The life of PM David Cameron has just become a little bizarre. During his Easter Reception at Downing St, he reportedly said he was simply continuing the work of Christ when he launched the “Big Society” initiative of volunteering and civic responsibility.
“Jesus invented the Big Society 2,000 years ago, I just want to see more of it and encourage as much of it as possible.” Cameron said, adding that the Government should seek to improve the “spiritual and moral state” of the nation and be unashamedly “evangelical”.
If that wasn’t bizarre enough, he then went onto compare himself to a company that unblocks drains. Offering his services to help the Church keep up its commitments to Jesus’ Big Society concept, he said: “If there are things that are stopping you from doing more, think of me as a giant Dyno-Rod”.
So has the PM, as one voter tweeted, “…gone mad”? Or is this the end result of what the PM has called a “difficult week” and why he had to fly off to Lanzarote? Either way, his bizarre comments do not reflect Coalition policy, and here is why.
Dyno-Rod proudly state on their website: “Our priority is to deliver the best service we can, working to the highest standards – we know it’s what our customers expect”.
Unfortunately for Cameron, his coalition government has delivered the worst. Brutal welfare reform and spending cuts has seen living standards fall and the cost of living to rise. His priority is the wealthy – shown by tax cuts and bonuses. In addition, with George Osborne promising a year of “hard truths” and further spending cuts, people can expect things to get even tougher.
However, no matter how tough things get, the people of Britain can be assured that their suffering is all part of the continuation of Christ’s work – well, that is if Cameron is to be believed.
His assertion that he is simply doing God’s work is a refreshing change from blaming Labour, but his policies are far removed from anything Jesus ever said or did.
For instance, his claim that Jesus invented the Big Society cannot be found in any version of the bible. So, it would appears that Cameron, who claims to have a ‘strong faith’, hasn’t been reading his bible, or as he? Indeed, if Christ had created the idea behind the ‘Big Society’, that idea would have been very different to Cameron’s vision.
If Cameron is the Messiah that would make his cabinet – by default – the Twelve Apostles; who, according to scripture, were all early followers chosen to become Christs closest disciples, advance his kingdom and carry the Gospel message to the world. It’s not difficult to see the similarity between that and Cameron’s Cabinet – earlier classmates chosen to become close allies and so on. Ironically, the chosen disciples were neither scholarly nor had any exceptional skill. Indeed none were religious. Compare that, for example to Osborne, Chancellor of the Exchequer, yet he only has a single degree in history.
That is where the similarities end. The bible has generosity and helping the poor as one of its major themes, stretching from the Old Testament to the New. Whilst Cameron has got the generosity part right with his tax cuts and bonuses for the rich, when it comes to helping the poor he has done nothing.
Cameron once said: “Let us look at the issue of dependency where we have trapped people in poverty through the extent of welfare that they have”.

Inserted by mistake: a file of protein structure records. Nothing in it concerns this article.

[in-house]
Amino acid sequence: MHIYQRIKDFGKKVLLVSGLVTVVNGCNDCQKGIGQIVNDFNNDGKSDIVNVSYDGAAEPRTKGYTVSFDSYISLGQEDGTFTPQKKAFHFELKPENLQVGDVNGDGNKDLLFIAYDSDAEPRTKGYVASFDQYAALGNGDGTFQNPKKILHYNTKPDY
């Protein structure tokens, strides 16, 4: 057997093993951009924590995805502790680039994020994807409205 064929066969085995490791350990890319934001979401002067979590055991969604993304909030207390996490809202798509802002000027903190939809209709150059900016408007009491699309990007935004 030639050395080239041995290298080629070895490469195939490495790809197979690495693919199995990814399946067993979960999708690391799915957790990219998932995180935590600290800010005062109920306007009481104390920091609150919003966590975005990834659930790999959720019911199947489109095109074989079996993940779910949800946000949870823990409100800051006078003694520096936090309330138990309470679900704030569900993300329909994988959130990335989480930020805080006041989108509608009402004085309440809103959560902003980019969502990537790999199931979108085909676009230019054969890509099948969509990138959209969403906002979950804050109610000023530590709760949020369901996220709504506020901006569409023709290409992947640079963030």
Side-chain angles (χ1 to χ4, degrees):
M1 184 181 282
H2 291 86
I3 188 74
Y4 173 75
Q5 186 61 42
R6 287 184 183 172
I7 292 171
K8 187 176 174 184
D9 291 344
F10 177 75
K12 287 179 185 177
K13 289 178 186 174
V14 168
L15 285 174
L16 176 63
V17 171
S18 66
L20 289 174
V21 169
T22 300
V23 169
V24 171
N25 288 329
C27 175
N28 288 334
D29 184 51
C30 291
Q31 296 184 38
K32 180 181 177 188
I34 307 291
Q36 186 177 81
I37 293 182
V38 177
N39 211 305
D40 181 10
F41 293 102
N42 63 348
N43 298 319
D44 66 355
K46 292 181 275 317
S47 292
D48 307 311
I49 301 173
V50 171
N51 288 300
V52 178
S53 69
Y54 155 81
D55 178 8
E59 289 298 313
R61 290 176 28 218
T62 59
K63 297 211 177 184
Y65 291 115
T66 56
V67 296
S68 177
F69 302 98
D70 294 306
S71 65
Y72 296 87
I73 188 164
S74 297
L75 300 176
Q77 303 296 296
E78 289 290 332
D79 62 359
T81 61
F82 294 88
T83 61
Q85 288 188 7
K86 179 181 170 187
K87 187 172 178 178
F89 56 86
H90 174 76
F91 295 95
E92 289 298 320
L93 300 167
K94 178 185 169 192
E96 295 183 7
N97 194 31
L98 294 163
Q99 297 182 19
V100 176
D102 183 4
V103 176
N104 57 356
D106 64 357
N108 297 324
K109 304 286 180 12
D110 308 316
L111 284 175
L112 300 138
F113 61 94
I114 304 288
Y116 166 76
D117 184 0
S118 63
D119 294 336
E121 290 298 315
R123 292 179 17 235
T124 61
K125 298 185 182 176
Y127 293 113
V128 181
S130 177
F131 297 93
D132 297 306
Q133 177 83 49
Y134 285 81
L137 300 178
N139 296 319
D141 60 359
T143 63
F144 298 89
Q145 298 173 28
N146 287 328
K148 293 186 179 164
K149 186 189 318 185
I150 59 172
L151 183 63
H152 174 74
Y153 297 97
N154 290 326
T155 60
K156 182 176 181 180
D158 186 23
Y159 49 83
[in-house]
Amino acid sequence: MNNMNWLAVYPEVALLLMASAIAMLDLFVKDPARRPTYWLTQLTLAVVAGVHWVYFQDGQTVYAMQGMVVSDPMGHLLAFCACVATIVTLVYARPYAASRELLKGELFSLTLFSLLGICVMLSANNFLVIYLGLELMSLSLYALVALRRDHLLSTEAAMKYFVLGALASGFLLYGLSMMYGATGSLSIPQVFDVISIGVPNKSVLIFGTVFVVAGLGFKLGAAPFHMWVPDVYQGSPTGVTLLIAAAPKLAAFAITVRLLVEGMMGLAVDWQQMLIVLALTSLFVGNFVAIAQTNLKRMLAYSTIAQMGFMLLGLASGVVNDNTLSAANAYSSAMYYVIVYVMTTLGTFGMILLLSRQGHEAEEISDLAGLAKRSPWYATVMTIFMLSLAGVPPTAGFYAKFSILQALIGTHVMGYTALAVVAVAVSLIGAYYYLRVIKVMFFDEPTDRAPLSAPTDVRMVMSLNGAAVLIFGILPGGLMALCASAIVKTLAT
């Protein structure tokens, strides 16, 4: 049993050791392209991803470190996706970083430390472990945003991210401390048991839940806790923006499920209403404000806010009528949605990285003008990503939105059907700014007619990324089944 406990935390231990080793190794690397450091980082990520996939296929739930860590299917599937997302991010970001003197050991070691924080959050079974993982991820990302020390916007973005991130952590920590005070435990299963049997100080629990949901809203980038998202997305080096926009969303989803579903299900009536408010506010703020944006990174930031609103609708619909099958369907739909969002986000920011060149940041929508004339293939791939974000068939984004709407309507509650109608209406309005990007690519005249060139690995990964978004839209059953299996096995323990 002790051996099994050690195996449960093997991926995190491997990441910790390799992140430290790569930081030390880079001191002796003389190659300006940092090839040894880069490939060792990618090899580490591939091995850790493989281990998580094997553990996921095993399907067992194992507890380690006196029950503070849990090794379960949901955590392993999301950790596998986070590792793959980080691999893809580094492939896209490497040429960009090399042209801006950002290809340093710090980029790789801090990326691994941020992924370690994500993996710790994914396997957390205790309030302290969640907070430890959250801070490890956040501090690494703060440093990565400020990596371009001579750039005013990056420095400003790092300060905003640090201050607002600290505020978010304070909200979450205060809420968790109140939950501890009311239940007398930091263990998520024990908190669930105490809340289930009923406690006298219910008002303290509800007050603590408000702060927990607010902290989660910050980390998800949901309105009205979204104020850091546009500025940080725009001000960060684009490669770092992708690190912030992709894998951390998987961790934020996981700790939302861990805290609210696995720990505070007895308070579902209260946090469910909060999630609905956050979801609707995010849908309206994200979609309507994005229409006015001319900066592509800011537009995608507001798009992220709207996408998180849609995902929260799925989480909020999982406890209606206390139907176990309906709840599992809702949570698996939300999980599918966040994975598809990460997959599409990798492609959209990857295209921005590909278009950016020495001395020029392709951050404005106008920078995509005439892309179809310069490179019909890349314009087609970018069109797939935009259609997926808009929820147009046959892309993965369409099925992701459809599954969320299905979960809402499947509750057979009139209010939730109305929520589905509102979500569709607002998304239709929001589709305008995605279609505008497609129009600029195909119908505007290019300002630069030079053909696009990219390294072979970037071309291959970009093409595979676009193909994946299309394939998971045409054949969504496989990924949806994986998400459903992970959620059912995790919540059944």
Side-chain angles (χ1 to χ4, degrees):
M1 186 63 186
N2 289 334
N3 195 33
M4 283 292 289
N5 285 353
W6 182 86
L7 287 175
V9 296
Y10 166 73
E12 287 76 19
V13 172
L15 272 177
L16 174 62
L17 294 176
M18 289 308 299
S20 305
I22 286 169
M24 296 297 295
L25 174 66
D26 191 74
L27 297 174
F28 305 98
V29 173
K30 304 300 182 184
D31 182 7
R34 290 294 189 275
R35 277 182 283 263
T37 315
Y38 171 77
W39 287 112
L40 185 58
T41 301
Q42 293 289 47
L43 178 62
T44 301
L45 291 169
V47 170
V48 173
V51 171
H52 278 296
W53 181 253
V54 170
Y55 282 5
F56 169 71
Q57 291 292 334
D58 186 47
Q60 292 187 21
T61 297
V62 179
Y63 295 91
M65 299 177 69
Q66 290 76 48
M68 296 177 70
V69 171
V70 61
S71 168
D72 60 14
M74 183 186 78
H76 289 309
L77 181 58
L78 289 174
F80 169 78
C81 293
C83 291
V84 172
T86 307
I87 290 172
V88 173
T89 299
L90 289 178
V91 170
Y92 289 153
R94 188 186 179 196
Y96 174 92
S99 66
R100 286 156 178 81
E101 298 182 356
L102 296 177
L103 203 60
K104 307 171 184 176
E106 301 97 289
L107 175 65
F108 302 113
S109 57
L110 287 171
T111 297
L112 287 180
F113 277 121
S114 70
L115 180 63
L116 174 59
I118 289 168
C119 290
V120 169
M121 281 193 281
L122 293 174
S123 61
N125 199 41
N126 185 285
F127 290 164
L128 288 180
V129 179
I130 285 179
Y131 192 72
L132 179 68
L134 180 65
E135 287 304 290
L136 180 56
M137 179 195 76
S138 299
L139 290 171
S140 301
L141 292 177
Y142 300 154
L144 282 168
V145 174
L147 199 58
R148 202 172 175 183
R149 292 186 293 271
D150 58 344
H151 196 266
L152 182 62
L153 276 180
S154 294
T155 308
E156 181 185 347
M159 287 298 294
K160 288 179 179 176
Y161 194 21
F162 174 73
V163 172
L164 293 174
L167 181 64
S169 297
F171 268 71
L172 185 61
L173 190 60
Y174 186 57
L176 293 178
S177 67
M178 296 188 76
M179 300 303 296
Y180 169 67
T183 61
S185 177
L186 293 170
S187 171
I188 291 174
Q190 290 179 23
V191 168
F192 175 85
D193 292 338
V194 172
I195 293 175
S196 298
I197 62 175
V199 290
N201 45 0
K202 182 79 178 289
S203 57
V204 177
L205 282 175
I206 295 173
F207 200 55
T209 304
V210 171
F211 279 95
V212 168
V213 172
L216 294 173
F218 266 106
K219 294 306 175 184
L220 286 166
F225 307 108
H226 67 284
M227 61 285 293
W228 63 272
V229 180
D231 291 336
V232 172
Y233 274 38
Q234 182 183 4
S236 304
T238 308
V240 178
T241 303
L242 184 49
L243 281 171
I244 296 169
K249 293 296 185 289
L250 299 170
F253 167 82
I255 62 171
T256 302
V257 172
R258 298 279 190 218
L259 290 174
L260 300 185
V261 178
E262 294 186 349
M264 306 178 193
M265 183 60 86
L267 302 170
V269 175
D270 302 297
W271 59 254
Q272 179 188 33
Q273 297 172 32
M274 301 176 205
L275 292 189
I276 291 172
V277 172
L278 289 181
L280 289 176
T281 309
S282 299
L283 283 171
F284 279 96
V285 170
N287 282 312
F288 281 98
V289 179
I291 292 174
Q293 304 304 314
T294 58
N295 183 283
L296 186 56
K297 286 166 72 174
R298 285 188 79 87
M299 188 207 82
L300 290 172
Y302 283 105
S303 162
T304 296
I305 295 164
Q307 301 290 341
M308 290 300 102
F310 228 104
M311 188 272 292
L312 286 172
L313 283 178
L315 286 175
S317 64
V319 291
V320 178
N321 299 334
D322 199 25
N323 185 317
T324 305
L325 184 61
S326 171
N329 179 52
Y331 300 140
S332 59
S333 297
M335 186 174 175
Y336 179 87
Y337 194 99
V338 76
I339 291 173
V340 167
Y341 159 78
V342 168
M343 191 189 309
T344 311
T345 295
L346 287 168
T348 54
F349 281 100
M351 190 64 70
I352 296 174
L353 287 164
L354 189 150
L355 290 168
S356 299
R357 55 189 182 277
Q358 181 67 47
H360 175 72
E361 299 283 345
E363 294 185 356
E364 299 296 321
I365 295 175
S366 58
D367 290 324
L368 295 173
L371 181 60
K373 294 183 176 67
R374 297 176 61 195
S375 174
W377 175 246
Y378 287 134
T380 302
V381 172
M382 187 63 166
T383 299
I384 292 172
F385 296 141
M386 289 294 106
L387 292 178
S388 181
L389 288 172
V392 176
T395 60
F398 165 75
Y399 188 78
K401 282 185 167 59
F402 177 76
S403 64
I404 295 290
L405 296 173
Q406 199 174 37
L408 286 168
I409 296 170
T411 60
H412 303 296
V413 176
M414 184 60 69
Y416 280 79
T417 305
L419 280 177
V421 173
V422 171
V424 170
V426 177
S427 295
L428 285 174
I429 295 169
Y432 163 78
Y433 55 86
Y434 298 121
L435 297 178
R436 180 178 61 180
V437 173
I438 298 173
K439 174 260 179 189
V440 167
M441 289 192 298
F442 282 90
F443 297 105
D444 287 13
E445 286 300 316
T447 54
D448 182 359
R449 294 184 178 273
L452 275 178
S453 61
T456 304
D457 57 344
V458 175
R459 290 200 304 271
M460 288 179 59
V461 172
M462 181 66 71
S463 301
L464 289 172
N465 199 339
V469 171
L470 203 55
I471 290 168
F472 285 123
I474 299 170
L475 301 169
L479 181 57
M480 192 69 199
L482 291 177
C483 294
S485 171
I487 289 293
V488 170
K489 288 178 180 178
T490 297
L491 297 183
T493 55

Rather than helping, he has embarked on some of the biggest cuts to welfare support since the formation of the welfare state, which has led to a five-fold increase in poverty-stricken families turning to food banks.
Yet, Cameron is still insisting that he is helping. When the Archbishop of Westminster, the Most Rev Vincent Nichols, criticized the cuts to the welfare state which had left many facing destitution and hunger, Cameron responded by saying it’s “simply not true” and that welfare reform was part of his “moral mission” for the country. Moreover, in his response – written in The Daily Telegraph – he said:
“Our welfare reforms go beyond that alone: they are about giving new purpose, new opportunity, new hope – and yes, new responsibility to people who had previously been written off with no chance. Seeing these reforms through is at the heart of our long-term economic plan – and it is at the heart, too, of our social and moral mission in politics today”.
In my view, Cameron’s policies are immoral. His long-term economic plan has created unprecedented demands on food banks, has subjected people who are disabled to degrading assessments and has caused unnecessary hardship and homelessness.
Yet he continues, ignoring the fact that his reforms are not giving new purpose, new opportunity or new hope. His disciple, Ian Duncan Smith (AKA – Secretary of State for Work and Pensions) blindly follows. Writing in The Daily Telegraph, he rejected claims that welfare reform will condemn thousands to a “Dickensian” way of life. Adding:
“If you’d listened to the scaremongers, you’d be forgiven for thinking we were ripping up the welfare state and telling people to fend for themselves. In fact, what we are doing is returning the welfare state to what it was meant to be: a safety net, not a way of life”.
The poor, sick and disabled are left waiting for a miracle and used as scapegoats for our country’s economic ills, whilst David Cameron’s government continues to look after the interests of the greedy and most richest – the same people, who some may argue, caused the ‘economic crisis’ to begin with.
By Jenny Howarth for the Welfare News Service (WNS).
Source – Welfare News Service 12 April 2014